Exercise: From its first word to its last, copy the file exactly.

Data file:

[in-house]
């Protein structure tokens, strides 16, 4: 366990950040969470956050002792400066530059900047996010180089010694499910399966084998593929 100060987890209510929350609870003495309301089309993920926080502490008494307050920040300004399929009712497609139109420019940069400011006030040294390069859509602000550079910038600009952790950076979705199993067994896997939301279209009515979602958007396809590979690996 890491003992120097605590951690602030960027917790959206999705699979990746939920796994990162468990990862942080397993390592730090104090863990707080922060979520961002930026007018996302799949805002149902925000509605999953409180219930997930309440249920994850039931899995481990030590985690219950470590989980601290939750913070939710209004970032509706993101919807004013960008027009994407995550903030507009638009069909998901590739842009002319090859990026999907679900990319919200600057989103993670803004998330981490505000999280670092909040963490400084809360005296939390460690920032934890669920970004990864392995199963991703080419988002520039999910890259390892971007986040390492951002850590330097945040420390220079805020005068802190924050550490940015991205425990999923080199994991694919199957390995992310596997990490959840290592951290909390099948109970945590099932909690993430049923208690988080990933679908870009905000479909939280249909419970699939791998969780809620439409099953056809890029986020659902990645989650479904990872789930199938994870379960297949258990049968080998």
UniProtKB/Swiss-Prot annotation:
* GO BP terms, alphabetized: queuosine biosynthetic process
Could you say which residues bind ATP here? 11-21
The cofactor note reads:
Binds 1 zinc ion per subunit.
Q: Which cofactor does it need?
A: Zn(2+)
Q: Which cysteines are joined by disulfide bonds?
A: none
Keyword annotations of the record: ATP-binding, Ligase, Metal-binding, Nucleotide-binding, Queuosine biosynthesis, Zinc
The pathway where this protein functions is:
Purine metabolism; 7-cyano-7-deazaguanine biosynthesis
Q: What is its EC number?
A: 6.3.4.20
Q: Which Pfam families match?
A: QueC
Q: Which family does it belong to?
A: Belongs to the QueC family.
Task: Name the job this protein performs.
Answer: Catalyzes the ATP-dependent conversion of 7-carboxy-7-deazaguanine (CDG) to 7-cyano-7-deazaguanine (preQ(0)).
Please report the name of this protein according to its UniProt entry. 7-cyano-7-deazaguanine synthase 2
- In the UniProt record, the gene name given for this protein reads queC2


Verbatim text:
[in-house]
């Protein structure tokens, strides 16, 4: 366990950040969470956050002792400066530059900047996010180089010694499910399966084998593929 100060987890209510929350609870003495309301089309993920926080502490008494307050920040300004399929009712497609139109420019940069400011006030040294390069859509602000550079910038600009952790950076979705199993067994896997939301279209009515979602958007396809590979690996 890491003992120097605590951690602030960027917790959206999705699979990746939920796994990162468990990862942080397993390592730090104090863990707080922060979520961002930026007018996302799949805002149902925000509605999953409180219930997930309440249920994850039931899995481990030590985690219950470590989980601290939750913070939710209004970032509706993101919807004013960008027009994407995550903030507009638009069909998901590739842009002319090859990026999907679900990319919200600057989103993670803004998330981490505000999280670092909040963490400084809360005296939390460690920032934890669920970004990864392995199963991703080419988002520039999910890259390892971007986040390492951002850590330097945040420390220079805020005068802190924050550490940015991205425990999923080199994991694919199957390995992310596997990490959840290592951290909390099948109970945590099932909690993430049923208690988080990933679908870009905000479909939280249909419970699939791998969780809620439409099953056809890029986020659902990645989650479904990872789930199938994870379960297949258990049968080998």
UniProtKB/Swiss-Prot annotation:
* GO BP terms, alphabetized: queuosine biosynthetic process
Could you say which residues bind ATP here? 11-21
The cofactor note reads:
Binds 1 zinc ion per subunit.
Q: Which cofactor does it need?
A: Zn(2+)
Q: Which cysteines are joined by disulfide bonds?
A: none
Keyword annotations of the record: ATP-binding, Ligase, Metal-binding, Nucleotide-binding, Queuosine biosynthesis, Zinc
The pathway where this protein functions is:
Purine metabolism; 7-cyano-7-deazaguanine biosynthesis
Q: What is its EC number?
A: 6.3.4.20
Q: Which Pfam families match?
A: QueC
Q: Which family does it belong to?
A: Belongs to the QueC family.
Task: Name the job this protein performs.
Answer: Catalyzes the ATP-dependent conversion of 7-carboxy-7-deazaguanine (CDG) to 7-cyano-7-deazaguanine (preQ(0)).
Please report the name of this protein according to its UniProt entry. 7-cyano-7-deazaguanine synthase 2
- In the UniProt record, the gene name given for this protein reads queC2